North Central News, the voice of the north central Phoenix community, published its July issue today with a cover story addressing the metro area’s desperate need for affordable housing. NCN was also there for the opening of UMOM’s 19West affordable apartment complex and included it in today’s story. We appreciate NCN for bringing attention to this important issue.

When Phoenix Mayor Kate Gallego gave her first State of the City address last month, she highlighted the growing need for affordable housing in what has become the nation’s fifth-largest city.

Celebrating the grand opening of UMOM’s 19West affordable housing complex are, from left: Kris Newman, chair of the UMOM Board of Directors; Phoenix City Councilwoman Debra Stark; 19West resident Susan G.; Darlene Newsom, CEO of UMOM; Phoenix Mayor Kate Gallego; and (former) Phoenix City Councilwoman Vania Guevara (photo by Teri Carnicelli).

“Low wage earners maintain a fragile balance in their lives. Any single unexpected expense can send the entire household into crisis, and possibly, onto the streets,” she said.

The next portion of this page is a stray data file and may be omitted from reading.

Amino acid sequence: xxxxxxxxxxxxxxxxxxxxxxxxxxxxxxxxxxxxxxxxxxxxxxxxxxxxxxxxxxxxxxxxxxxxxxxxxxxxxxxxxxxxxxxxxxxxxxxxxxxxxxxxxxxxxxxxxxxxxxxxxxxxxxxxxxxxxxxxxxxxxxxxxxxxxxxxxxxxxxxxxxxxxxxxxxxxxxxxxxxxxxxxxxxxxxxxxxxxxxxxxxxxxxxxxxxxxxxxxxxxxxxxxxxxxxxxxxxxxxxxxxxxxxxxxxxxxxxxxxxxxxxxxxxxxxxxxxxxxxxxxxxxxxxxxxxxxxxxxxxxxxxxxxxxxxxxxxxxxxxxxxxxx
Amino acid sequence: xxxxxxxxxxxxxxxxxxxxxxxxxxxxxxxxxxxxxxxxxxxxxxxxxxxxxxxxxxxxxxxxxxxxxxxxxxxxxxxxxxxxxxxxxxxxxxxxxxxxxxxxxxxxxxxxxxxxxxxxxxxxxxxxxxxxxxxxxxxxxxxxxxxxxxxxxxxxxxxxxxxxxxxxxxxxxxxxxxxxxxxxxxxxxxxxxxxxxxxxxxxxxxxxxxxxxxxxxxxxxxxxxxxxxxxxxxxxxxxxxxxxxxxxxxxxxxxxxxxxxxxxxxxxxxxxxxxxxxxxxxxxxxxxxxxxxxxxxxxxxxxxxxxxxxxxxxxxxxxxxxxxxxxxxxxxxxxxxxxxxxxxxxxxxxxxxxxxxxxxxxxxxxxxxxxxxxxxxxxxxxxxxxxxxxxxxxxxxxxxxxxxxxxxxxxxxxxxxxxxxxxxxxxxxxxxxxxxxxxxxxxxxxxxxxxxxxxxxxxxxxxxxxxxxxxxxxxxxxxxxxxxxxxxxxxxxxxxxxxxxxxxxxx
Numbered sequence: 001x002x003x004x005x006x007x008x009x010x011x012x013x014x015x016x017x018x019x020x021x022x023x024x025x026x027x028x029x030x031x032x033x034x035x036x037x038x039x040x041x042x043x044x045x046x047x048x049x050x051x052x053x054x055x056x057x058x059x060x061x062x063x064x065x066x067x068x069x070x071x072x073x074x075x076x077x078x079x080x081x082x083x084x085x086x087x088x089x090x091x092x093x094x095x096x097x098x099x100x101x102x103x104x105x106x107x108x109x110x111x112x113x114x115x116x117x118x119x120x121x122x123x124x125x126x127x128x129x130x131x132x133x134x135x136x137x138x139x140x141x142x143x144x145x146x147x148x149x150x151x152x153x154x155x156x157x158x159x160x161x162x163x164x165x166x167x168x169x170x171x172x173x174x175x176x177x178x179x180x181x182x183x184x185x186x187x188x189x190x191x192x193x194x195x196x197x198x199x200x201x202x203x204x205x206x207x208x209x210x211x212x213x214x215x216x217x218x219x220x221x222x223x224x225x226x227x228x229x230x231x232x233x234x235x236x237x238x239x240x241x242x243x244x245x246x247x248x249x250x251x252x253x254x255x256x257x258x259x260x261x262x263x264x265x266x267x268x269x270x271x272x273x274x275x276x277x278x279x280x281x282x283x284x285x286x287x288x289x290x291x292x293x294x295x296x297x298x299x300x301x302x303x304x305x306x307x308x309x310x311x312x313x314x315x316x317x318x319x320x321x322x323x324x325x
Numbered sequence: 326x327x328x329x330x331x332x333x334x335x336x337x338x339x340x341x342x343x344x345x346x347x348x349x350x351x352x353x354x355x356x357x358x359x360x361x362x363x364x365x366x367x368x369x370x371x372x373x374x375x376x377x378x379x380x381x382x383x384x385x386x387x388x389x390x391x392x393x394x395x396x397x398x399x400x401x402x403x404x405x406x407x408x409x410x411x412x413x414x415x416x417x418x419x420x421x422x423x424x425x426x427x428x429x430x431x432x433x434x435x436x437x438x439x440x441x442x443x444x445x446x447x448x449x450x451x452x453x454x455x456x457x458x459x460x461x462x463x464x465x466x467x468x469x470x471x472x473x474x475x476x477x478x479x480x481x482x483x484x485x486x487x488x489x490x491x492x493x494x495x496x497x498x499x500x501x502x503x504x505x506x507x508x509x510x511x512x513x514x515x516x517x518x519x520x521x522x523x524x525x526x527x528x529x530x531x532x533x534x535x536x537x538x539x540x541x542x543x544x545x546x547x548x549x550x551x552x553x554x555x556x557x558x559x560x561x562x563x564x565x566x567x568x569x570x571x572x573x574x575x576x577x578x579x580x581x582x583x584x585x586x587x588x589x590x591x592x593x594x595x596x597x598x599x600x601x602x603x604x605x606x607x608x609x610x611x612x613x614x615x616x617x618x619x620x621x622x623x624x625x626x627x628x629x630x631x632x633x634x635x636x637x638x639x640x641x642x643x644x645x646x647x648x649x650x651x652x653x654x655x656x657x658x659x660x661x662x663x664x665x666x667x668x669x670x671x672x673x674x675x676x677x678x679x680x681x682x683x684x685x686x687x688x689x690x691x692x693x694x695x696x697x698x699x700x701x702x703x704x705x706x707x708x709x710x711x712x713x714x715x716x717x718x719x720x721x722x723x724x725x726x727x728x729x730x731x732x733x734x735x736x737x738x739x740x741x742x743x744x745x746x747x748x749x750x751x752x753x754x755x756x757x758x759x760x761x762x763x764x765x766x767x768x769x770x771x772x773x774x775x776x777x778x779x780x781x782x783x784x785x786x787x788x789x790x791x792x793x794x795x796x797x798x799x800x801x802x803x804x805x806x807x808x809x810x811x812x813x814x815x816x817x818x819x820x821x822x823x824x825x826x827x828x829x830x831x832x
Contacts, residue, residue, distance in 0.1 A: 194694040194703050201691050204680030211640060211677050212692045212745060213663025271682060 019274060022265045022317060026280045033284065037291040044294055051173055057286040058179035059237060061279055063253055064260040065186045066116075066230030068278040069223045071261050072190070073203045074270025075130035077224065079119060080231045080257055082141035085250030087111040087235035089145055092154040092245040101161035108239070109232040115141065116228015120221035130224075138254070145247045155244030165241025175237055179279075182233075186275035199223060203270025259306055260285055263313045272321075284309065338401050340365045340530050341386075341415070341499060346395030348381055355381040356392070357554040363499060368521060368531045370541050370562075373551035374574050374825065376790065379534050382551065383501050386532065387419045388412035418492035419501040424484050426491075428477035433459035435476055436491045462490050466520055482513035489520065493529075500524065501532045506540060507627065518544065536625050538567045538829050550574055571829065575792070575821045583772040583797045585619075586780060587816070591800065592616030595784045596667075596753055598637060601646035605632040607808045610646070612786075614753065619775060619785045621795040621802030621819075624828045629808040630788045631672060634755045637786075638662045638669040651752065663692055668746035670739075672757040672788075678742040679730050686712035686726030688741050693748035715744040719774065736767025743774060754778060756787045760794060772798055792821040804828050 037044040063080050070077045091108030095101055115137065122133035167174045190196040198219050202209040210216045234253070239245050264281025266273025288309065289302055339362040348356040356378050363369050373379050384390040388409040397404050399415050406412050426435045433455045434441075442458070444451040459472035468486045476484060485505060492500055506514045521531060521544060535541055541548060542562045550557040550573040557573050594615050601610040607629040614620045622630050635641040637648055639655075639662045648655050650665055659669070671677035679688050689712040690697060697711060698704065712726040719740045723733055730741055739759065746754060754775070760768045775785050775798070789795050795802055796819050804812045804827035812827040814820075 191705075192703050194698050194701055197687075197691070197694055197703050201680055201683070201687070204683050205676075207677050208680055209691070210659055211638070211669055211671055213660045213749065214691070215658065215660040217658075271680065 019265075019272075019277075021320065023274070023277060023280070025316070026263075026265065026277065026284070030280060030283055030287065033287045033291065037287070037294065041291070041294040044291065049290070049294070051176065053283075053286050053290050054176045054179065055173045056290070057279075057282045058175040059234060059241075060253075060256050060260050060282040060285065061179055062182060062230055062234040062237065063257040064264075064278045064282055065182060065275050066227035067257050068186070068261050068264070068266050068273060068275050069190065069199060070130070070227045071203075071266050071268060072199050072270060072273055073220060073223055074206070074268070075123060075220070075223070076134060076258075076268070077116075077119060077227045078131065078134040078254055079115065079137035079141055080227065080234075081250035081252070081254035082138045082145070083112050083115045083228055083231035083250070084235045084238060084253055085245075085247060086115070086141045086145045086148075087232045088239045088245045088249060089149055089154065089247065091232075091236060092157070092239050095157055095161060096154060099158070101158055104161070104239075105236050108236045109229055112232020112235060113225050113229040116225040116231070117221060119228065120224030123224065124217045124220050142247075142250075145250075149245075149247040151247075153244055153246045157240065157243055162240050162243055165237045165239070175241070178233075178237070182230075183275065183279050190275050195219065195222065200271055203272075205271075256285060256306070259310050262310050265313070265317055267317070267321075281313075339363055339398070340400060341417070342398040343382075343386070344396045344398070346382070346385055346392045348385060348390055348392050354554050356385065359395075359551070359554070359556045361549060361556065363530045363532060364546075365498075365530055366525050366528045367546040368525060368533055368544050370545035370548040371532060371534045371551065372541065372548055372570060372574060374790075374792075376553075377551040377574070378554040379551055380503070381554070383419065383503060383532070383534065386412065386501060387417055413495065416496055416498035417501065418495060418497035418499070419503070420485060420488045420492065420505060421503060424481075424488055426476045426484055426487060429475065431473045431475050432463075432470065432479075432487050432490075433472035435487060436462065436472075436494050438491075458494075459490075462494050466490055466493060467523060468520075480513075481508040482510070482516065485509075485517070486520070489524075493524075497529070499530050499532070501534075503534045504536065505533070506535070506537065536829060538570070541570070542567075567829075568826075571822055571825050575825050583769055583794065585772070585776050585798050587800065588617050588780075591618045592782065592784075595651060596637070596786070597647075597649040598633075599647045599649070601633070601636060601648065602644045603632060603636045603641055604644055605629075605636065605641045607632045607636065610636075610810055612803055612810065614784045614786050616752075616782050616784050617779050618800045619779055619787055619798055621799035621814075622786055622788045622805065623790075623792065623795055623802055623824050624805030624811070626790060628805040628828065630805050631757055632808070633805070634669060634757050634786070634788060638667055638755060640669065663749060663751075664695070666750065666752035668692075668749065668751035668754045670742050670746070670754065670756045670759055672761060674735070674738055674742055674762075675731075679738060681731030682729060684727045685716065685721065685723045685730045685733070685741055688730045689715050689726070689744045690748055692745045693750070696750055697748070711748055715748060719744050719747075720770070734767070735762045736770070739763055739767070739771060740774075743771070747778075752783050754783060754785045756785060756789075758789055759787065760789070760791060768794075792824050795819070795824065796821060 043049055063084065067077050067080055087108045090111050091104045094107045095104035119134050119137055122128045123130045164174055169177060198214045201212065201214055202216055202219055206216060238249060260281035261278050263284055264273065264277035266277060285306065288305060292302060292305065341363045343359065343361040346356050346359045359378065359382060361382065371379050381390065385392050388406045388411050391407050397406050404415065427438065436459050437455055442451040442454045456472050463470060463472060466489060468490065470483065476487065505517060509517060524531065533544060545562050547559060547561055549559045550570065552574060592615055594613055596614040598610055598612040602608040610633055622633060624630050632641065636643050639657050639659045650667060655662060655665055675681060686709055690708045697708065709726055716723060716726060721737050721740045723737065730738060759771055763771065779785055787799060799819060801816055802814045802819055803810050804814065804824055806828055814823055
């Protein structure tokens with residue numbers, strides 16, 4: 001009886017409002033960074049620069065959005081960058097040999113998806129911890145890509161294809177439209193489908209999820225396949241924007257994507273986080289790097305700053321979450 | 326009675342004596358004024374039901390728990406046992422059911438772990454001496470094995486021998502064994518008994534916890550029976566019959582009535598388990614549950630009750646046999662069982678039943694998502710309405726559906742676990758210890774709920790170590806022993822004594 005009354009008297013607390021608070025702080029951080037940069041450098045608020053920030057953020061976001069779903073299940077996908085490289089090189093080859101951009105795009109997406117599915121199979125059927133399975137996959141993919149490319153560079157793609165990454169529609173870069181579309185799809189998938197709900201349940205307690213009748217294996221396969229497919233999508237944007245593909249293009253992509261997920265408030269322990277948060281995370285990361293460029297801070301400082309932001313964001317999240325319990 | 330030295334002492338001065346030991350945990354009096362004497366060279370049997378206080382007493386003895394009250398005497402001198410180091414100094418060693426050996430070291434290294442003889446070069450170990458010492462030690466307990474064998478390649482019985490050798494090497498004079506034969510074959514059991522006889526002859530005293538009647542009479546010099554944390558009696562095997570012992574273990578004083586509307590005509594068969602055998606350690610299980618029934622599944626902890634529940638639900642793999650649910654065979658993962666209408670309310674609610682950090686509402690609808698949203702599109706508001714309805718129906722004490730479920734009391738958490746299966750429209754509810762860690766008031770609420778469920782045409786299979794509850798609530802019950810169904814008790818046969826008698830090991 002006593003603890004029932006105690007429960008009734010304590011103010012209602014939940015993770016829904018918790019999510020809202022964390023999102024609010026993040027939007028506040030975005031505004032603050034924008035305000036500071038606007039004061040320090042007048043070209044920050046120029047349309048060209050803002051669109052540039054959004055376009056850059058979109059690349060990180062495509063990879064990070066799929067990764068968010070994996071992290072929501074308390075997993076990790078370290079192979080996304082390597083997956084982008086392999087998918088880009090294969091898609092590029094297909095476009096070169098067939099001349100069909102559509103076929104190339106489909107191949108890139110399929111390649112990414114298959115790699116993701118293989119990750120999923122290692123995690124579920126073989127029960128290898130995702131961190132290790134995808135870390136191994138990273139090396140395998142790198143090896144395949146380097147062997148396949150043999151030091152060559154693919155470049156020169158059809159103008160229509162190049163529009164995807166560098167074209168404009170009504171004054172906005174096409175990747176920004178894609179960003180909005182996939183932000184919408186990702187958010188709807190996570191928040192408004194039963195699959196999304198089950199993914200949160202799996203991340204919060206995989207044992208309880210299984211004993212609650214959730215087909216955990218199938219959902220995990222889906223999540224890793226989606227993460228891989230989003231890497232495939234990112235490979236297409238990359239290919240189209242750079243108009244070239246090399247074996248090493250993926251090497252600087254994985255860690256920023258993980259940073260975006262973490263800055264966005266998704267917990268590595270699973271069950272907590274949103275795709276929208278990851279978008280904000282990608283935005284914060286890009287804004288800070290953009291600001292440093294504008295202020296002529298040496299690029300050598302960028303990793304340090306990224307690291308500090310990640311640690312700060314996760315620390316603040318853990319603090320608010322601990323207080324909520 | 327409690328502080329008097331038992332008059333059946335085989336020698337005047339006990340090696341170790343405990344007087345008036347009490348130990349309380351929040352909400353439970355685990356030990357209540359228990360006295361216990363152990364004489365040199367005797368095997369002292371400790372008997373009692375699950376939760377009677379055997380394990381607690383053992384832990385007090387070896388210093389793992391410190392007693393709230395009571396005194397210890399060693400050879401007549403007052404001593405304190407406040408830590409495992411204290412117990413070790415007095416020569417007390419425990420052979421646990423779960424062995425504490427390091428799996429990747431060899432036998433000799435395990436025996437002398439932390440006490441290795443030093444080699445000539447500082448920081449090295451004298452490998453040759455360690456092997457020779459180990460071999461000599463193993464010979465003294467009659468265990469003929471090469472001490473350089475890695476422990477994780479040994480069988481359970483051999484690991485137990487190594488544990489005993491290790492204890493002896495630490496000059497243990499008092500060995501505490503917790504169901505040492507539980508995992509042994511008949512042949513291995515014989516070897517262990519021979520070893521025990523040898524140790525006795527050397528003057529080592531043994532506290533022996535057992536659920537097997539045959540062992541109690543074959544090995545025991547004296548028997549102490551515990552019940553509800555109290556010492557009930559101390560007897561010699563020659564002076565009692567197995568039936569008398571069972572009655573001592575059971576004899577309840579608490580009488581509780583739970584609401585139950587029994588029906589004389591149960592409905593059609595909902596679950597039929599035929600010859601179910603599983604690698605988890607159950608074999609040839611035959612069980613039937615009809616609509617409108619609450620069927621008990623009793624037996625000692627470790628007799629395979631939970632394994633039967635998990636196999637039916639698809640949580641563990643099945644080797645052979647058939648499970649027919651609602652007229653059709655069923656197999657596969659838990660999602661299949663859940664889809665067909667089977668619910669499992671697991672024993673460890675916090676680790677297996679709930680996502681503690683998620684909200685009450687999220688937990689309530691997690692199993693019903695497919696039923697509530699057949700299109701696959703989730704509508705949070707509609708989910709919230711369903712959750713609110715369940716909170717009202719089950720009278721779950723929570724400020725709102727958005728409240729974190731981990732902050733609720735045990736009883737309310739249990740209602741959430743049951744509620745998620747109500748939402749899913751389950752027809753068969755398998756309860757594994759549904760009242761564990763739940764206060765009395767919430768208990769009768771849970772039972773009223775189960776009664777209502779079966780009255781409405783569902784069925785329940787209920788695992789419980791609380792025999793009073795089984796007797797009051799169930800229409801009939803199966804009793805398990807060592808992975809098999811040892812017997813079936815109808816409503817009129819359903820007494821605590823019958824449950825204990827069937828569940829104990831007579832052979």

Gallego spoke about the city’s responsibility in leveraging its own land assets to do more to bolster affordable housing, and pointed out that “every city and town should be doing their part to ensure services and housing are spread across the metro area and not just in one small area of one specific city.”

The call for more affordable housing in one of the country’s fastest-growing cities isn’t a new one. But it is becoming more critical as struggling families and single low-wage earners are finder fewer and fewer affordable options of where to live.

Per the U.S. government, housing is deemed “affordable” when it consumes 30 percent or less of a family’s monthly income. A February 2019 report by the National Low Income Housing Coalition found that, given Arizona’s minimum wage of $11 per hour, a head of household would need to work 56 hours or more a week to afford a two-bedroom unit in the greater Phoenix area.

Making matters worse is the fact that for every extremely low-income household in Arizona, only 25 affordable rental housing units are available.

Two Valley nonprofits have already been answering the call for more affordable housing. UMOM recently opened a new housing development project, while Catholic Charities has one already under construction—and both are in the Central Phoenix core. READ ON: